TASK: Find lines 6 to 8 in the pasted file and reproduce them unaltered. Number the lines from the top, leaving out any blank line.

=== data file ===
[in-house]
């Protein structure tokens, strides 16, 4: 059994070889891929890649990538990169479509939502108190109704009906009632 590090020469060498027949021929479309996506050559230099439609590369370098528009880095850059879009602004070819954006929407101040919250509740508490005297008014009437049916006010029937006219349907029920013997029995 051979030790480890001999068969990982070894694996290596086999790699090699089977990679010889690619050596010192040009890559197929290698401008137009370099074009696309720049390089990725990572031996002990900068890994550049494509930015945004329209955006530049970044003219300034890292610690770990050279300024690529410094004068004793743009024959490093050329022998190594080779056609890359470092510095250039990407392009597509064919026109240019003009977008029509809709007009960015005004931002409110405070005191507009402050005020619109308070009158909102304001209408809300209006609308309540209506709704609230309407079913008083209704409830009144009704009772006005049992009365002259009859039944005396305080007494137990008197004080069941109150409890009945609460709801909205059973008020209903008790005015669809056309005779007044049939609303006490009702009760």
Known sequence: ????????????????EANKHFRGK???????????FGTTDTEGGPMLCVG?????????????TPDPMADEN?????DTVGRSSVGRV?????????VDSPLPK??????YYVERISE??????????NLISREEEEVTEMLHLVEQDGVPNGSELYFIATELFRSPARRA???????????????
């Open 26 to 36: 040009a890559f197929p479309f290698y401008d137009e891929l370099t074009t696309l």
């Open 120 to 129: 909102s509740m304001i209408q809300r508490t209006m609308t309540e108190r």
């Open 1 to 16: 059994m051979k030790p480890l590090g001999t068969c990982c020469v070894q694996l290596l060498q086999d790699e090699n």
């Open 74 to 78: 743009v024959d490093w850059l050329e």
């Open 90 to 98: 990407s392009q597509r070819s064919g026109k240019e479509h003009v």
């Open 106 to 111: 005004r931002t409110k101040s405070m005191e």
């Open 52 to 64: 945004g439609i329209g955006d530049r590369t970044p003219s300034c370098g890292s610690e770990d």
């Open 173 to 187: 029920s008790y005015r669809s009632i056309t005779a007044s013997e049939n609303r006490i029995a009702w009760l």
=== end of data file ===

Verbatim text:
């Open 1 to 16: 059994m051979k030790p480890l590090g001999t068969c990982c020469v070894q694996l290596l060498q086999d790699e090699n």
């Open 74 to 78: 743009v024959d490093w850059l050329e």
């Open 90 to 98: 990407s392009q597509r070819s064919g026109k240019e479509h003009v």